Tuesday, January 18, 2011

Wrong Section

I was in Barnes & Noble last night, looking for a recommended novella. After minutes of unsuccessfully browsing the store on my own, I approached the help desk.

"What can I do for you?" the girl behind the counter very politely asked.

"I wanted to see if you guys had a book in stock," I told her, "or find out if maybe I was in the wrong section entirely."

"What's the name of the book?"

"The Great Divorce by C.S. Lewis."

She typed it in and began scrolling.

"We should have it," she said, as she moved away and implied that I was to follow her.

"Oh, it's downstairs?" I asked, as I followed her with a confused expression. "I was looking upstairs."

"What section were you in?"

"Sci-Fi & Fantasy," I told her. "What section is it actually in anyway?"

"Christian Inspiration."

"Ah," I said, as she found the book and handed it to me. "That's awkward."

She gave me a funny look and then went back to the help desk.

It was a moment where I wondered who blurred the genres, me or the book store. And then I contemplated how much personal ideas, notions and philosophies affect your general basic interpretation of art and the world.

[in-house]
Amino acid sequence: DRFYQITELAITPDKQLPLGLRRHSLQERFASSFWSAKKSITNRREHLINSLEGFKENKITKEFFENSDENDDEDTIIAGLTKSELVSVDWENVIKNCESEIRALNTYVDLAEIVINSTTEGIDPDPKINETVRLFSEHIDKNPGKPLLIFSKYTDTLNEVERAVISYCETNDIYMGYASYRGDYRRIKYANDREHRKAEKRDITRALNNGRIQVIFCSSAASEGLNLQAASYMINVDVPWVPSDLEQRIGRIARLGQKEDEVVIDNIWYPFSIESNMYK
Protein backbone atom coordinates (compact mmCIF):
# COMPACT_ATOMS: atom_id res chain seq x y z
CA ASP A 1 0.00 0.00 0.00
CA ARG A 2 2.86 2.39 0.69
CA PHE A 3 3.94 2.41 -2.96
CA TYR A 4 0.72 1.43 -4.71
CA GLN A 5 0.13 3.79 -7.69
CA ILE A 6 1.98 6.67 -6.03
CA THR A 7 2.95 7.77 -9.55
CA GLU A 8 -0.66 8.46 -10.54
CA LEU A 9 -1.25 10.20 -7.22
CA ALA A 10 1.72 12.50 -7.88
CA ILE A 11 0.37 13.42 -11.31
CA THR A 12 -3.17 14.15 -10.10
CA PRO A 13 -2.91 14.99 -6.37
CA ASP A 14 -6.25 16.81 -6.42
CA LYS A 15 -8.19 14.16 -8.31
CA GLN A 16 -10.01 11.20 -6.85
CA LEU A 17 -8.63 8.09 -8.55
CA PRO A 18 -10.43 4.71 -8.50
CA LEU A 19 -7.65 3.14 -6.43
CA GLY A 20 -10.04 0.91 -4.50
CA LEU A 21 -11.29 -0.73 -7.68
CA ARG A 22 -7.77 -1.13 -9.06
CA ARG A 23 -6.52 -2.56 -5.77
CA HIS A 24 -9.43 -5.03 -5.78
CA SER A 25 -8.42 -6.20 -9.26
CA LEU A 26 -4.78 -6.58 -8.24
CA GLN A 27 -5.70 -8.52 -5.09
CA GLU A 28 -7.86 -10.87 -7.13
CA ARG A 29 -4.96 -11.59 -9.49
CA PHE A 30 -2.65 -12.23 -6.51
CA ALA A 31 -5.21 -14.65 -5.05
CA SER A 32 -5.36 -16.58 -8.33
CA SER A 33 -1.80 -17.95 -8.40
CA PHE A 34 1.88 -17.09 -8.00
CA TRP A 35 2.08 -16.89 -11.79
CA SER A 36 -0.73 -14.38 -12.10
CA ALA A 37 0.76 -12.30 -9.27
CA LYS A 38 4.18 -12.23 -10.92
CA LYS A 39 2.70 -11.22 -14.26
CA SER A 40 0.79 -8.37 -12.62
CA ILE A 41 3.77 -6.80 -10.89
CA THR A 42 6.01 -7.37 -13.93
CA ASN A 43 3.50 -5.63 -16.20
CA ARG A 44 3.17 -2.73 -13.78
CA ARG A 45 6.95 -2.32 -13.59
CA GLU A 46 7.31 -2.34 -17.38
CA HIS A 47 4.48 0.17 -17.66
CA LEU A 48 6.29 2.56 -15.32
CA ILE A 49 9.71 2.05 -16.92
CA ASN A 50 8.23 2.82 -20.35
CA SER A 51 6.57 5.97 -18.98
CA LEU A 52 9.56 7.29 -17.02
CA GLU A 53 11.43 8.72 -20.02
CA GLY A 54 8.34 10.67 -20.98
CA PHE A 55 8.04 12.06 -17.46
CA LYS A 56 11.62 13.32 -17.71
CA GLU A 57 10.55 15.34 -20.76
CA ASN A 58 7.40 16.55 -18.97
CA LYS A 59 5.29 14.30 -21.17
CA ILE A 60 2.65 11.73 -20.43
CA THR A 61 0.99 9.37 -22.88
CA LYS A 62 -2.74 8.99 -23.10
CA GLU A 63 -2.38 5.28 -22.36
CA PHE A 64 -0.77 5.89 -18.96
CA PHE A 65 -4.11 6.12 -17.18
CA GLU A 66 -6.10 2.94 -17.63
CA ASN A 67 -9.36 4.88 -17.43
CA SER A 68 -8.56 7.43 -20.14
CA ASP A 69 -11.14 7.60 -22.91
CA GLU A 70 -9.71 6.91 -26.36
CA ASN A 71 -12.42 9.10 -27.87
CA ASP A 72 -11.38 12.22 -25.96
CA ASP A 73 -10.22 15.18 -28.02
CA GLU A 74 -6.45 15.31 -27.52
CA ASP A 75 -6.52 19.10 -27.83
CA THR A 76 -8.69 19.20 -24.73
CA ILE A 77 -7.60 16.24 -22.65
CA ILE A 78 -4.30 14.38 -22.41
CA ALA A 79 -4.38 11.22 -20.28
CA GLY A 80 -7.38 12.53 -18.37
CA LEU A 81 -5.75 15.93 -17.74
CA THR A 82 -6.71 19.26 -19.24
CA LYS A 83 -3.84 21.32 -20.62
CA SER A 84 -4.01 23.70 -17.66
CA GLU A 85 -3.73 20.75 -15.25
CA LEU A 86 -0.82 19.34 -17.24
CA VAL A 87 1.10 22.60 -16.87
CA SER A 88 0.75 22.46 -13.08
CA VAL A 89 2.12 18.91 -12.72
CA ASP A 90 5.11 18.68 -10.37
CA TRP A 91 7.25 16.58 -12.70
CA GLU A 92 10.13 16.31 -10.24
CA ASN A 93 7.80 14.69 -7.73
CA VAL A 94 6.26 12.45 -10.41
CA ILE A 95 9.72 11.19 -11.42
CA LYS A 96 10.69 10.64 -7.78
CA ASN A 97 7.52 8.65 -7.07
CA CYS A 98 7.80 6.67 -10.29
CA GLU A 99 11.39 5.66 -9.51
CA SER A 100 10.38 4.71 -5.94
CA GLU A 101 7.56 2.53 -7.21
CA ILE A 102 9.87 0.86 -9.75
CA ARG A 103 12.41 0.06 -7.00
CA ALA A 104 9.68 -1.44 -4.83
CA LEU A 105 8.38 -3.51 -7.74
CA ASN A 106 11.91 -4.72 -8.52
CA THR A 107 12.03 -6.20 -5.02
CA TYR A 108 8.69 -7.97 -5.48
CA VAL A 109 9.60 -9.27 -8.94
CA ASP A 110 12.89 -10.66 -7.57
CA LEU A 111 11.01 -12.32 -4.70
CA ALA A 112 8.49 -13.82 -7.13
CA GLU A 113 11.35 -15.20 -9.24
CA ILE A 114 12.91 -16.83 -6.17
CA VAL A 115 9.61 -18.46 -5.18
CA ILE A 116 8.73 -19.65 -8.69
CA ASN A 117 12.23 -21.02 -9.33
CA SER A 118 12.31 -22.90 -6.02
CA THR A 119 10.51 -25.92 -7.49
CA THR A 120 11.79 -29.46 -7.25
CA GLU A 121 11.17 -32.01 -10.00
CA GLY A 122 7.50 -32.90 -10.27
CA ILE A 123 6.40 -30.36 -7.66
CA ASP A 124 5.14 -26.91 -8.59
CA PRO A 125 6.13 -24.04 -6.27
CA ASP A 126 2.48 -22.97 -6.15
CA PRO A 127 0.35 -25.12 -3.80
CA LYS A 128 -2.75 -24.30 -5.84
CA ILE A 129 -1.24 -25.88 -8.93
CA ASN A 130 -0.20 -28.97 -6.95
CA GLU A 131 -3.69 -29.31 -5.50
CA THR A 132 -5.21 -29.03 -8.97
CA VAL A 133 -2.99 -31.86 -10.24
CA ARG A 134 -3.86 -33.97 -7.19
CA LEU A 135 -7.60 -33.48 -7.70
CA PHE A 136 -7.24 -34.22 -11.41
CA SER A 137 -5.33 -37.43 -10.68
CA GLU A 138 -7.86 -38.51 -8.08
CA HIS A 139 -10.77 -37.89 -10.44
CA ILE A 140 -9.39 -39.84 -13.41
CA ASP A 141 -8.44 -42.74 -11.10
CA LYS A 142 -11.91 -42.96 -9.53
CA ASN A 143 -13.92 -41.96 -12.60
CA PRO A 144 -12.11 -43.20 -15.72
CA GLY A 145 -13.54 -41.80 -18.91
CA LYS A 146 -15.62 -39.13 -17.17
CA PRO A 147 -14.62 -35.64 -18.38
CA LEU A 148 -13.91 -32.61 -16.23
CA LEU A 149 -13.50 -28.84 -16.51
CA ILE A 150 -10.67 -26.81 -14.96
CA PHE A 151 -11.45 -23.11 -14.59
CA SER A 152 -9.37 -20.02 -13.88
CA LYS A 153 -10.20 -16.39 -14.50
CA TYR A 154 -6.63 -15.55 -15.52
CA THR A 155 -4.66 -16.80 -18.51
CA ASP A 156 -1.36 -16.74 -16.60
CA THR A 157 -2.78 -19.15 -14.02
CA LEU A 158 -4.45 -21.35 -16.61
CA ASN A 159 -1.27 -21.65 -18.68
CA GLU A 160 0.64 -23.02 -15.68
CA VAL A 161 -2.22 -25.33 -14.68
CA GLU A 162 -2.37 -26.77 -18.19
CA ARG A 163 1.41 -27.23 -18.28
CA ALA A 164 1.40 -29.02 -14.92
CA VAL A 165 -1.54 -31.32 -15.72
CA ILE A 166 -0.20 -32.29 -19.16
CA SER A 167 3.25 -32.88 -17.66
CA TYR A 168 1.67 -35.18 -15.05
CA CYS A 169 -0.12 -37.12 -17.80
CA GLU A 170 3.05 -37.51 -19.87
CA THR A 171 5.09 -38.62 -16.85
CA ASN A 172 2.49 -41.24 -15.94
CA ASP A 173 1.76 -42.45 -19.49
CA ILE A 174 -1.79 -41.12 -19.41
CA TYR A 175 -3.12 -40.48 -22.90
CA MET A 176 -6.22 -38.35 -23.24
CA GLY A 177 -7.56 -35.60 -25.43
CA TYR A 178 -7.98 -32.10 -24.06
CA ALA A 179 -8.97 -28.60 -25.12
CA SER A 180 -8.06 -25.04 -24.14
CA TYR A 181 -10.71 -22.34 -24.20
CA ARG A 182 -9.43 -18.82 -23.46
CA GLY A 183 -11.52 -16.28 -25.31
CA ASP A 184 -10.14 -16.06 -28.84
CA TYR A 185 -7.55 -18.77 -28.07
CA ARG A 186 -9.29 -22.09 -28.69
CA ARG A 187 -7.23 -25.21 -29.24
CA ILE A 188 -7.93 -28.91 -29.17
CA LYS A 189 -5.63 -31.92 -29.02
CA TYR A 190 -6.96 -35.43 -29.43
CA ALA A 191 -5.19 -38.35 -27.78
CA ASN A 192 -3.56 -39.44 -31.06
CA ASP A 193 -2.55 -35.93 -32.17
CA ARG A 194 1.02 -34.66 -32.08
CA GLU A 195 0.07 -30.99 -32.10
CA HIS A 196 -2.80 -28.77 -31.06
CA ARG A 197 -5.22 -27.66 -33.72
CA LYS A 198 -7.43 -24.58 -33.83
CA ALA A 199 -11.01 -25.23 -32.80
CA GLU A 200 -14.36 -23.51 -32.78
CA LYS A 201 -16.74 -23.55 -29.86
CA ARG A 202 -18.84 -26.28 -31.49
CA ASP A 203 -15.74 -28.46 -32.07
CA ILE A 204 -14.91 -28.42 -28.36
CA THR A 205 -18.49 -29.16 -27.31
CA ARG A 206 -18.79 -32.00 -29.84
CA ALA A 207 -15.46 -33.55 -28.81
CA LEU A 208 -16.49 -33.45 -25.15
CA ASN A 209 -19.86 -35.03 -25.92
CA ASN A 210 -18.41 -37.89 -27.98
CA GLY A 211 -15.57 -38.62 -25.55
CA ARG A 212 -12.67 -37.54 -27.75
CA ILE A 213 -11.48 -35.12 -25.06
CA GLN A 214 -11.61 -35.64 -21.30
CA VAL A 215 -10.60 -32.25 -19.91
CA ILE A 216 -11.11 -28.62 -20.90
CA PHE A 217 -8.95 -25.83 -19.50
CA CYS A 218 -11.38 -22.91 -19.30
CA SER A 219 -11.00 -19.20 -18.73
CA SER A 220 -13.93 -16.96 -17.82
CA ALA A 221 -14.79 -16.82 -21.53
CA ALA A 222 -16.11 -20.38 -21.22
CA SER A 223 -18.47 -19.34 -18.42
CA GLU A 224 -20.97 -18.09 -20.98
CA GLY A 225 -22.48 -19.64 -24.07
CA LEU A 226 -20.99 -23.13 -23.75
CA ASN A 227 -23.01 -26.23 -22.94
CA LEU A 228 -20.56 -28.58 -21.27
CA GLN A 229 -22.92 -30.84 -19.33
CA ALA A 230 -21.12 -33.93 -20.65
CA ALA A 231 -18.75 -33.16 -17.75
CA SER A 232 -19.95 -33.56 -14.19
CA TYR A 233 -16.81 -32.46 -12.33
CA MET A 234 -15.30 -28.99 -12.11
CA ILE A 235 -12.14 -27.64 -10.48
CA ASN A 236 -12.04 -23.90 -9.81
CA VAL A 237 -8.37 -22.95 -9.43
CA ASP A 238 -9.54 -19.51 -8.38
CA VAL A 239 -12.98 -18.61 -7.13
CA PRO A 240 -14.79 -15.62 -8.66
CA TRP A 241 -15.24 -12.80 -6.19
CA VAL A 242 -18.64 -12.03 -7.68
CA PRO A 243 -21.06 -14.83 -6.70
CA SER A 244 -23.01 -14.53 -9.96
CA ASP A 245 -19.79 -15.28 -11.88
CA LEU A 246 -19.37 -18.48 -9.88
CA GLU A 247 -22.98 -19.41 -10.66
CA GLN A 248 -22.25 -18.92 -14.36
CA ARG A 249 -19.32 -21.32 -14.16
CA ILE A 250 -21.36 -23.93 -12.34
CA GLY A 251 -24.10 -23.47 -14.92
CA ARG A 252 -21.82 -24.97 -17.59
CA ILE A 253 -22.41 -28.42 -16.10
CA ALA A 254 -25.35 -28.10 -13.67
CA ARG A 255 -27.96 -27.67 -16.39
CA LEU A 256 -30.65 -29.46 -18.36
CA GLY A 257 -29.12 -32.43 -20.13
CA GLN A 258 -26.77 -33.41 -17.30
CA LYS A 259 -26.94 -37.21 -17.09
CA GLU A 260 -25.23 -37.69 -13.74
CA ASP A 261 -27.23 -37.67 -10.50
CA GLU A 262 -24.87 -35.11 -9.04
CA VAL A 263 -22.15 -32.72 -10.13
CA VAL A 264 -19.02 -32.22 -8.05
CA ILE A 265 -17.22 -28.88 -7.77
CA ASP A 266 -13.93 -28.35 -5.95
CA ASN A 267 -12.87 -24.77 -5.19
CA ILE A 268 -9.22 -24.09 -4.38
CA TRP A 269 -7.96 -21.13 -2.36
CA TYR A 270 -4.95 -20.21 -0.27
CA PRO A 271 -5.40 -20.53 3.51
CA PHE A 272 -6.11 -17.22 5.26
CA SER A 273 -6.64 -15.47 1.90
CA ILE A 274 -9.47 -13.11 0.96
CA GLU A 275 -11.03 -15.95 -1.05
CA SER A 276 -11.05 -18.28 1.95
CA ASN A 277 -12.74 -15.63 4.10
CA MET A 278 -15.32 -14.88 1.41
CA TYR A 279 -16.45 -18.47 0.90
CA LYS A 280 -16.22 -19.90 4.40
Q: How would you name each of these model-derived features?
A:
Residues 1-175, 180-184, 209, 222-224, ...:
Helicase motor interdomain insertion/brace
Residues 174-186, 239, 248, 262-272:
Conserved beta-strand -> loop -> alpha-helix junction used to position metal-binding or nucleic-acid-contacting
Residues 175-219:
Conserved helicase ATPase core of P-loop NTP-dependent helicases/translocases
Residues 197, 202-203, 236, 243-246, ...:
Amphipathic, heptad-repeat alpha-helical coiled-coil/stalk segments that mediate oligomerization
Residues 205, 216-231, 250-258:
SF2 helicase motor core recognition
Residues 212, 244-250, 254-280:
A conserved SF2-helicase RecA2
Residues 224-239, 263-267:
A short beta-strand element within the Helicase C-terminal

But it turned out to be an honest mistake, as in the preface of the book though, Lewis writes, "I beg readers to remember that this is a fantasy. It has of course, or I intended it to have, a moral. But the transmortal conditions are solely an imaginative supposal: they are not even a guess or a speculation at what may actually await us. The last thing I wish is to arouse factual curiosity about the details of the after-world."

Twas a good way to start a great dialogue.

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